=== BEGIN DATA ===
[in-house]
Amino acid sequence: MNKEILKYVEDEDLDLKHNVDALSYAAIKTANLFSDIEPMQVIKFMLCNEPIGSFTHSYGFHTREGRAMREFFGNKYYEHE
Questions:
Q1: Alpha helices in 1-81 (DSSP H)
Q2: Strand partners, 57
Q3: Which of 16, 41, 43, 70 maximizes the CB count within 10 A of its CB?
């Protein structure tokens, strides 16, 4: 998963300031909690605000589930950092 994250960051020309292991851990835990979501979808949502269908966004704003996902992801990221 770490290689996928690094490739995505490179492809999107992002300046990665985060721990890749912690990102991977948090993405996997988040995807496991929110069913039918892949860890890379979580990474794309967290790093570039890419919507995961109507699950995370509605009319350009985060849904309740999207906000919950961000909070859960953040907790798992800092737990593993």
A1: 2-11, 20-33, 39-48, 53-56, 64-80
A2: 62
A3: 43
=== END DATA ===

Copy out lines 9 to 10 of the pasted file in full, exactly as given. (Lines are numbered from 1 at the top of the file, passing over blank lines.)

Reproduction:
A2: 62
A3: 43